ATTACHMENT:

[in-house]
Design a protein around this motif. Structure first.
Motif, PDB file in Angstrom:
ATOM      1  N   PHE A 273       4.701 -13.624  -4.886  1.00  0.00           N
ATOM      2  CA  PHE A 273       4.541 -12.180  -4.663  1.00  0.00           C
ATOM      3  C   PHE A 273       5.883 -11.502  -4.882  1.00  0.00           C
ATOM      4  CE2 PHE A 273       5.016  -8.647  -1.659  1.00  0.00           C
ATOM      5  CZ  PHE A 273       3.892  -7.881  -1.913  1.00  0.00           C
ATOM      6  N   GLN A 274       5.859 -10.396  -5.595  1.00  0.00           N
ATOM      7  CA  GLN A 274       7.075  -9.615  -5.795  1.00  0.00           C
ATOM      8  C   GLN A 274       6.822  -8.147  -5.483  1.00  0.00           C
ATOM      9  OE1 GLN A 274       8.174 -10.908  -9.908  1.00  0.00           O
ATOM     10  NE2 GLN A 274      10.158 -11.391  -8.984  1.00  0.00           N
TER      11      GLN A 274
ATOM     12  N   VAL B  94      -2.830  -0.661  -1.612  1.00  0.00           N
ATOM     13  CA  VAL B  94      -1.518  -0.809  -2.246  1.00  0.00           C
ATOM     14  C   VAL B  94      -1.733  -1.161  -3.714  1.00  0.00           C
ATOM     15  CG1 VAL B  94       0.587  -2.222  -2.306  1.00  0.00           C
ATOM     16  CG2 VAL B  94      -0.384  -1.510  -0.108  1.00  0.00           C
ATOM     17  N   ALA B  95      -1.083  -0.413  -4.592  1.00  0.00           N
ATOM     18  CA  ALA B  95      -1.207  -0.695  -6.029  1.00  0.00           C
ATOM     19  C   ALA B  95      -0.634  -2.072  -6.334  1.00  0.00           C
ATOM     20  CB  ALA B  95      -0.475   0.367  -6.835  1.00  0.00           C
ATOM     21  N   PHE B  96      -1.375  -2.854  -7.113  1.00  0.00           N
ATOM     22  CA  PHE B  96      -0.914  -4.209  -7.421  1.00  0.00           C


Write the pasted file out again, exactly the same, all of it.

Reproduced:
[in-house]
Design a protein around this motif. Structure first.
Motif, PDB file in Angstrom:
ATOM      1  N   PHE A 273       4.701 -13.624  -4.886  1.00  0.00           N
ATOM      2  CA  PHE A 273       4.541 -12.180  -4.663  1.00  0.00           C
ATOM      3  C   PHE A 273       5.883 -11.502  -4.882  1.00  0.00           C
ATOM      4  CE2 PHE A 273       5.016  -8.647  -1.659  1.00  0.00           C
ATOM      5  CZ  PHE A 273       3.892  -7.881  -1.913  1.00  0.00           C
ATOM      6  N   GLN A 274       5.859 -10.396  -5.595  1.00  0.00           N
ATOM      7  CA  GLN A 274       7.075  -9.615  -5.795  1.00  0.00           C
ATOM      8  C   GLN A 274       6.822  -8.147  -5.483  1.00  0.00           C
ATOM      9  OE1 GLN A 274       8.174 -10.908  -9.908  1.00  0.00           O
ATOM     10  NE2 GLN A 274      10.158 -11.391  -8.984  1.00  0.00           N
TER      11      GLN A 274
ATOM     12  N   VAL B  94      -2.830  -0.661  -1.612  1.00  0.00           N
ATOM     13  CA  VAL B  94      -1.518  -0.809  -2.246  1.00  0.00           C
ATOM     14  C   VAL B  94      -1.733  -1.161  -3.714  1.00  0.00           C
ATOM     15  CG1 VAL B  94       0.587  -2.222  -2.306  1.00  0.00           C
ATOM     16  CG2 VAL B  94      -0.384  -1.510  -0.108  1.00  0.00           C
ATOM     17  N   ALA B  95      -1.083  -0.413  -4.592  1.00  0.00           N
ATOM     18  CA  ALA B  95      -1.207  -0.695  -6.029  1.00  0.00           C
ATOM     19  C   ALA B  95      -0.634  -2.072  -6.334  1.00  0.00           C
ATOM     20  CB  ALA B  95      -0.475   0.367  -6.835  1.00  0.00           C
ATOM     21  N   PHE B  96      -1.375  -2.854  -7.113  1.00  0.00           N
ATOM     22  CA  PHE B  96      -0.914  -4.209  -7.421  1.00  0.00           C